• Contact Us

  • Georgiana, Duchess of Devonshire: Ultimate Fan Guide

    Georgiana, Duchess of Devonshire: The Ultimate Fan Guide [Kindle] $0.99.

    Kobo Inc.
    Georgiana, Duchess of Devonshire:  Ultimate Fan Guide

    Georgiana is the subject of the movie "The Duchess" (currently on Netflix) and a relative of the young Prince and Princess of Cambridge. Get the Ultimate Fan Guide -- with plot points, history, and what happened to the historical characters -- for only 99 cents!

  • Green Party Peace Sign Bumper Sticker

    Green Party Peace Sign Bumper Sticker
    The Green Party has continually opposed entry into war and has consistently called for the immediate return of our troops, in stark contrast to the Democratic and Republican parties.
    Today we march, tomorrow we vote Green Party.

  • Occupy Wall Street: What Just Happened?

    Occupy Wall Street: What Just Happened? ebook cover


    Occupy Wall Street: What Just Happened? eBook

    Occupy Wall Street: What Just Happened? eBook on Amazon

    Occupy Wall Street: What Just Happened? eBook

    Reflections on Occupy Wall Street, with photos, fun, and good wishes for the future. eBook, Occupy Wall Street: What Just Happened? (Only $.99 !) In the eBook, the Occupy movement is explored through original reporting, photographs, cartoons, poetry, essays, and reviews.The collection of essays and blog posts records the unfolding of Occupy into the culture from September 2011 to the present.  Authors Kimberly Wilder and Ian Wilder were early supporters of Occupy, using their internet platforms to communicate the changes being created by the American Autumn.

    The eBook is currently available on Amazon for Kindle;  Barnes & Noble Nook ; Smashwords independent eBook seller; and a Kobo for 99 cents and anyone can read it using their Kindle/Nook Reader, smart phone, or computer.

Help needed for Connetquot School District

What the regular news will tell you is that, at Connequot High School on Long Island, New York,  a 17-year-old former student, and a 16-year-old current student were involved in a plot to do shootings at the school. Then, the AP story and the regular news will go on and on with details of their plot and descriptions to make you dislike these two young people.

What most news stories are ignoring or skipping over, is that Connetquot School District had a similar incident in 2007. That time it was two, current students, both young men, age 15 and 17, with a bomb scare.

[Update/Correction on 5/10/2010] : The news is now reporting that the young man from this planned attack, is the same young man who was part of the 2007 planned attack (the 15 years old). Which still leaves one additional young man, and one young woman who were willing to consider such an attack.

It appears that it is time for someone at Connetquot School District to drop what they are doing, and drop what they are focusing on, and get to the bottom line mission of every school: Keep the students safe.

In this case, it is clear, that doing that means: Create a sense of community in the school. Address feelings of isolation and anger that the adolescents there feel. Make an environment  where students are doing productive and happy things, so that they would never dream of creating a bad scene or doing violence to the community. (Imagine a place where THREE teenagers would be inspired to such a level of violence? What kind of a place would that happen? )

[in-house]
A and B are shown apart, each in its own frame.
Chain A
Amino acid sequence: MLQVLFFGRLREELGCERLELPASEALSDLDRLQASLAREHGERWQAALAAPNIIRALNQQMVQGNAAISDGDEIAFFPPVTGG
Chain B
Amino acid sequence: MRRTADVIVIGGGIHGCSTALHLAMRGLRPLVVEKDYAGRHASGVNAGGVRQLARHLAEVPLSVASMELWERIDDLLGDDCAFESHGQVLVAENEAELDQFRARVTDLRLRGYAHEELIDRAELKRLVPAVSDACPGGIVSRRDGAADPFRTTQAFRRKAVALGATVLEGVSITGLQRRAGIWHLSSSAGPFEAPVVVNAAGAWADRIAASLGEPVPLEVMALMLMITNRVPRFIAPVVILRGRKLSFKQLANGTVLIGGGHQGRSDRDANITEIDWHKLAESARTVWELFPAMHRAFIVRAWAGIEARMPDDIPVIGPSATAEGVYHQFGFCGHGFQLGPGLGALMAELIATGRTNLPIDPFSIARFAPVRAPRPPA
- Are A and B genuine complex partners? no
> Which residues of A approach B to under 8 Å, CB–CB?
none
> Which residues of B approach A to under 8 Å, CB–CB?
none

I hope people will reflect on various ways to make the school safer, the children more happy and empowered, and the community tight knit.

The Connetquot community should look into Small Schools to solve the problems at their district.

One very good suggestion, that matches the history of the district, is to create a smaller school. Big schools create anomie for students, a sense of isolation and loneliness, kind of like a song about someone feeling lost in a big city. Living in a big institutions all day, with too many folks to really know, causes people to build walls and create stereotypes, in order to try to process all the strangers streaming by them in hallways.

Wikipedia has some interesting history about Connetquot School District. To me, this history shows that like many school on Long Island, it was a problem and not a strength to consolidate and become a huge school district. In the 1960’s and 1970’s, people merged school districts with a dream that it would streamline services and save money. I think it is horrible for the students, because they get lost in a bigger institution and the money savings are never realized (partly because administrators with bigger and bigger ambitions and salaries seem to hover around.)

Wikipedia notes:

In 1960, with continuing suburban growth, voters in the existing Oakdale-Bohemia and Ronkonkoma school districts voted to consolidate their two districts, which paved the way for construction of a high school.

In January 1962, the entire district was shuttered for a week due to an outbreak of scarlet fever.

Doesn’t that just sound like a “sign from the heavens” type thing, that so many students shouldn’t be shuddered up together? If the school consolidated and built a big new building, and two years later, an outbreak of Scarlet Fever gets out of control, maybe someone should have noted the systems issue of big institutions for children. Well, they didn’t get it. But, we could learn the lesson in this decade. These schools are too big to keep the children in them healthy and safe.